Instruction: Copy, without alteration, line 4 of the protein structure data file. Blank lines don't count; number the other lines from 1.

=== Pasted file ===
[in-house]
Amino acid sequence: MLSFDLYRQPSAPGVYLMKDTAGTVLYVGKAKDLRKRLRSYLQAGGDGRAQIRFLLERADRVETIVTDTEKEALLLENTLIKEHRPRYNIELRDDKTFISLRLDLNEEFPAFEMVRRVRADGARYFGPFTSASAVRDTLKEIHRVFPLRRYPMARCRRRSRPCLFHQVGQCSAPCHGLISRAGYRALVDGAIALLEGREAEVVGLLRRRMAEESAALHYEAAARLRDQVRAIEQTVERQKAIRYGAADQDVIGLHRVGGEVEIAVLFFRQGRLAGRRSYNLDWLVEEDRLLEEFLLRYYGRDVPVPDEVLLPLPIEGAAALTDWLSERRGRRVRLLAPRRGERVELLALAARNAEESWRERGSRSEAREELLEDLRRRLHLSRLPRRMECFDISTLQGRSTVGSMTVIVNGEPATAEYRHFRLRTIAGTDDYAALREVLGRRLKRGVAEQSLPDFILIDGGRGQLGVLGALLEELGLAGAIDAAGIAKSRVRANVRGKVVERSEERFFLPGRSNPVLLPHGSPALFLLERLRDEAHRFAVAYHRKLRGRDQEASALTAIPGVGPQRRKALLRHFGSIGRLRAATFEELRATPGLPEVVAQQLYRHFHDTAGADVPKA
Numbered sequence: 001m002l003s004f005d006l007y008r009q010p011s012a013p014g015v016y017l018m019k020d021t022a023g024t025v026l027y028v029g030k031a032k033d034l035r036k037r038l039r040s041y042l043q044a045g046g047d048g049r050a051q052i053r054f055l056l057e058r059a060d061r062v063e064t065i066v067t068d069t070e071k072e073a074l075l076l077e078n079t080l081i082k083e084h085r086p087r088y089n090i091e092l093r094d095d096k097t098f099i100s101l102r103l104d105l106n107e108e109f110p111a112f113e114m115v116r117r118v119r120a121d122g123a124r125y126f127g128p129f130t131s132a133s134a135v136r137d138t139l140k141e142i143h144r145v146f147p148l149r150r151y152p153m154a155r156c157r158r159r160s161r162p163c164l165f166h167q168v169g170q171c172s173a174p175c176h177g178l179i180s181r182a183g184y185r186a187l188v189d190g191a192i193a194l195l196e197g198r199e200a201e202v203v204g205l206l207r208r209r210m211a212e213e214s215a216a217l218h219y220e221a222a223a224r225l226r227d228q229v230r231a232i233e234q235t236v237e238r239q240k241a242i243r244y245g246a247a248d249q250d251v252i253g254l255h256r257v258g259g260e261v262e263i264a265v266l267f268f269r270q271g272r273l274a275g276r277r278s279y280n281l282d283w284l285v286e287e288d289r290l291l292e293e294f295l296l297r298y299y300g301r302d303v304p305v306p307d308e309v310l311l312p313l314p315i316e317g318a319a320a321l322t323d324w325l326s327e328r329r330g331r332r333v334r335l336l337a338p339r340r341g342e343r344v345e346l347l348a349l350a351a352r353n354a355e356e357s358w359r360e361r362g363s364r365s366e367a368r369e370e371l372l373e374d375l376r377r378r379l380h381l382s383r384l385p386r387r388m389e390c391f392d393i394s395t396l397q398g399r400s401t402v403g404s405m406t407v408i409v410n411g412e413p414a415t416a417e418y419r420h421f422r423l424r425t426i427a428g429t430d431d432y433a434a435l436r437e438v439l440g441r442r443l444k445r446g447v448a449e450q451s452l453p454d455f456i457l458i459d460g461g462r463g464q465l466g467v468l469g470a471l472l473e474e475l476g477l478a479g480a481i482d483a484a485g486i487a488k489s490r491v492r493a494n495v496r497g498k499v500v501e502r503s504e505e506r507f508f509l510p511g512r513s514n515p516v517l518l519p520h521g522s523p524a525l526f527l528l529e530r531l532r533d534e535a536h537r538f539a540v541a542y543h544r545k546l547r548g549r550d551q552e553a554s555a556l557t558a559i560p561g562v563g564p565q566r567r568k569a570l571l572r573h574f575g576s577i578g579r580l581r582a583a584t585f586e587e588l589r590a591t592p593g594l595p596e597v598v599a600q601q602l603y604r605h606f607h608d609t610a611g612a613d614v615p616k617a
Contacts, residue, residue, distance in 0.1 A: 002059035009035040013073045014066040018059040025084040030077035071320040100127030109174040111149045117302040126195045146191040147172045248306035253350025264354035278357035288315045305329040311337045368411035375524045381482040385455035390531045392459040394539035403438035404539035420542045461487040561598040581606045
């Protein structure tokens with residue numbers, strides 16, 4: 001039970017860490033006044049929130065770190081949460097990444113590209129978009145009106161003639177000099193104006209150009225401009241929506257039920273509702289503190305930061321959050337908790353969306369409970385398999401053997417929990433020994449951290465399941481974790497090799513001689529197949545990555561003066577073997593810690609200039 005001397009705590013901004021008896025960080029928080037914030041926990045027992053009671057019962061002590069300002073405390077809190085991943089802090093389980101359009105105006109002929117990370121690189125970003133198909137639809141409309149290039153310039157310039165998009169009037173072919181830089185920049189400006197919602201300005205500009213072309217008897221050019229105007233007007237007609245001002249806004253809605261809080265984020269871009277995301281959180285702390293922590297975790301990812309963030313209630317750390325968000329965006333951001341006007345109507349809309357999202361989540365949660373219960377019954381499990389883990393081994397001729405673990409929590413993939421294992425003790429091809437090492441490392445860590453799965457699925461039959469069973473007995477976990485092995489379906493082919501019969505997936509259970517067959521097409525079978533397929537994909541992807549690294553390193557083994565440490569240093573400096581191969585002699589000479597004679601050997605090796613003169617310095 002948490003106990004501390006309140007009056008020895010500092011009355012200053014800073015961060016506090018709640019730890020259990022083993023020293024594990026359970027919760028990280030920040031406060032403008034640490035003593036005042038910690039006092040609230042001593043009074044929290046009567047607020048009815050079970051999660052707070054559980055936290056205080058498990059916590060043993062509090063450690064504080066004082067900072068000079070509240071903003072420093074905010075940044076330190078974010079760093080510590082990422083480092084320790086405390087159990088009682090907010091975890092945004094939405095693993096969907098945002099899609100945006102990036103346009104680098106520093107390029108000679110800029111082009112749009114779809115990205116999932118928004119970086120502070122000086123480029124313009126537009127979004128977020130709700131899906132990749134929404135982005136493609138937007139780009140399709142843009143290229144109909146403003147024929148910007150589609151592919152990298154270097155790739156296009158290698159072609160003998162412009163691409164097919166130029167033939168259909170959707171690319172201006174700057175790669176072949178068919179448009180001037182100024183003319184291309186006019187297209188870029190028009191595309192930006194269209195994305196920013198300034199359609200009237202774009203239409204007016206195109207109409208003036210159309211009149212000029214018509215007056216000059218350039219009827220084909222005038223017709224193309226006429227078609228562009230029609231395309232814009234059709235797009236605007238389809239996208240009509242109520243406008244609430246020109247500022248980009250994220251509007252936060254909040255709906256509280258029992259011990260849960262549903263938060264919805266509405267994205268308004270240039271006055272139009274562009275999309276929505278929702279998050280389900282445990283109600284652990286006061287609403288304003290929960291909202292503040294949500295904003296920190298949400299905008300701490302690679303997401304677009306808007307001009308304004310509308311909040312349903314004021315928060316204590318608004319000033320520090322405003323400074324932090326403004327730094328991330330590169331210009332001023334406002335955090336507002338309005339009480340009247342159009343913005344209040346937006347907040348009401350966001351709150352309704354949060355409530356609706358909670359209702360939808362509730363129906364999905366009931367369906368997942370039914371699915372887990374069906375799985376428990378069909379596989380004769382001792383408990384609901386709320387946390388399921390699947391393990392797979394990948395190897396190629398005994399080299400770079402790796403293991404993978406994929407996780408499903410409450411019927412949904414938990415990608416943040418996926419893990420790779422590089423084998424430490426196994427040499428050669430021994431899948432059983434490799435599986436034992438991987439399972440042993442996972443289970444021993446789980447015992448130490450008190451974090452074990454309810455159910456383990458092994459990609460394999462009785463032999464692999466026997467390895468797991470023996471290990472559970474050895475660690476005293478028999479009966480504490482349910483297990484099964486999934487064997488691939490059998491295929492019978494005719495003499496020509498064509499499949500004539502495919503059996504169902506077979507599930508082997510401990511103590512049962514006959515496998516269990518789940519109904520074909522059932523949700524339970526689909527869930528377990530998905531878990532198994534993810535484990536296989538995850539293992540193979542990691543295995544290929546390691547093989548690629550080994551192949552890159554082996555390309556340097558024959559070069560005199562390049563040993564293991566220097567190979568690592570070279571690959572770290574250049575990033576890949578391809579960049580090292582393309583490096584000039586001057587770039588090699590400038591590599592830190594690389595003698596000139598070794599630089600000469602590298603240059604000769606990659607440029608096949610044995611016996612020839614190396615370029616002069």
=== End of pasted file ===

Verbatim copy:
Contacts, residue, residue, distance in 0.1 A: 002059035009035040013073045014066040018059040025084040030077035071320040100127030109174040111149045117302040126195045146191040147172045248306035253350025264354035278357035288315045305329040311337045368411035375524045381482040385455035390531045392459040394539035403438035404539035420542045461487040561598040581606045